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Consider the following equation, ${{2}^{n-7}}\times {{5}^{n-4}}=1250$, then find the value of $n$.

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Hint: In order to solve this question we have to first calculate the prime factorization of 1250 and then arrange it in the powers of 2 and 5. After arranging, compare the powers of 2 and 5 both sides and get two equations. Get the value of $n$ after solving those equations.

 Complete step-by-step solution:
It is given that ${{2}^{n-7}}\times {{5}^{n-4}}=1250$ , now we have to calculate the prime factorization of 1250.
"Prime Factorization" is finding which prime numbers multiply together to make the original number.
Now we have the number 1250.
So, $1250=2\times 5\times 5\times 5\times 5$
It can also be written as, $1250={{2}^{1}}\times {{5}^{4}}$.
Putting the value of 1250 in the form of prime factorization, we get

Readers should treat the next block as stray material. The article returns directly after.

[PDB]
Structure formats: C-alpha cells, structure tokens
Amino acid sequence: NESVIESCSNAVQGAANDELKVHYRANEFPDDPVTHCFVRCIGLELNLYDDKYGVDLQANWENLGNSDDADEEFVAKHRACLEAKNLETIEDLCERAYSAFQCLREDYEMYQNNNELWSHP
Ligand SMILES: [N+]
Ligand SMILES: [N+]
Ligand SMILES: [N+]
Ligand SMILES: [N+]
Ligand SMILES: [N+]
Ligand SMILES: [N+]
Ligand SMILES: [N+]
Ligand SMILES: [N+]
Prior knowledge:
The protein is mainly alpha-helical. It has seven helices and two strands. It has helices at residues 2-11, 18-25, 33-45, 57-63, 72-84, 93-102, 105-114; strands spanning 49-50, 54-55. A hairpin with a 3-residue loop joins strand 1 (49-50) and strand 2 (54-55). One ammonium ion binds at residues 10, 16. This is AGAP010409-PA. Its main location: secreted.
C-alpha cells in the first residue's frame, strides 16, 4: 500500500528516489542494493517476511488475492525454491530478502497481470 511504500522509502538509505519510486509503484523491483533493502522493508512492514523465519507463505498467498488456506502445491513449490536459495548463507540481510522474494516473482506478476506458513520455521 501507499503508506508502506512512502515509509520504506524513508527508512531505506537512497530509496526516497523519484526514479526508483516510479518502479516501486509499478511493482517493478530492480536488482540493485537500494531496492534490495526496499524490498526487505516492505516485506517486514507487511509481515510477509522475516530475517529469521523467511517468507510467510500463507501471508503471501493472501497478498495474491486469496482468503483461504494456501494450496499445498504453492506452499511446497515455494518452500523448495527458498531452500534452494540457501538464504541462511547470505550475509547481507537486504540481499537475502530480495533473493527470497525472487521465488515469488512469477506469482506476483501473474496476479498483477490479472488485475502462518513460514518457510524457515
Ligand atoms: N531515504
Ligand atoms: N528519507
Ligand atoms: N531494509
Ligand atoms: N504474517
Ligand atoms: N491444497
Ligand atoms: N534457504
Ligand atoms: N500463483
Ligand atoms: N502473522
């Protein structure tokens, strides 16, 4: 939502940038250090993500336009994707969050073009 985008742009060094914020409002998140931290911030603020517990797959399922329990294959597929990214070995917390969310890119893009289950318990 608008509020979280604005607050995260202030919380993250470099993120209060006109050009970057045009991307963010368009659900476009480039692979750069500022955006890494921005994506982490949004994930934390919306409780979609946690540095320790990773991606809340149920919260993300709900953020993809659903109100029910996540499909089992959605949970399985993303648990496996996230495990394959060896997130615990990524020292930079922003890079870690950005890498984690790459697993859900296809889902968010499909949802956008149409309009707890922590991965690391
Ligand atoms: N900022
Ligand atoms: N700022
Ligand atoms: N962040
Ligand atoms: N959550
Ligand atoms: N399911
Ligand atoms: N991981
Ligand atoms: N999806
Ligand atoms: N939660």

$\therefore {{2}^{n-7}}\times {{5}^{n-4}}={{2}^{1}}\times {{5}^{4}}$
Comparing the powers of 2 and 5 both sides, we get two equations
$\Rightarrow n-7=1\And n-4=4$
Calculating the values of $n$ from both equations, we get
$\Rightarrow n-7=1\Rightarrow n=7+1=8$
From first equation we get the value of $n=8$.
$\Rightarrow n-4=4\Rightarrow n=4+4=8$
Also, from the second we get the value of $n=8$.
Hence, as we are getting an equal value of $n$ from both the equation, which is equal to 8.
So, $n=8$ is the answer to the given question.

Note: In this type of question, the crux lies in representing the number in RHS in powers of prime numbers, which can be done easily by representing the prime factorization of the number in RHS. After representing in this way, students get 2 or more equations depending on the number of terms in LHS but they only solve one equation and claim that it is the answer. But it is always wise to solve all those equations and get a value of $n$ and if all values are the same then only we can say that this is the correct value, just the way we did in the given question.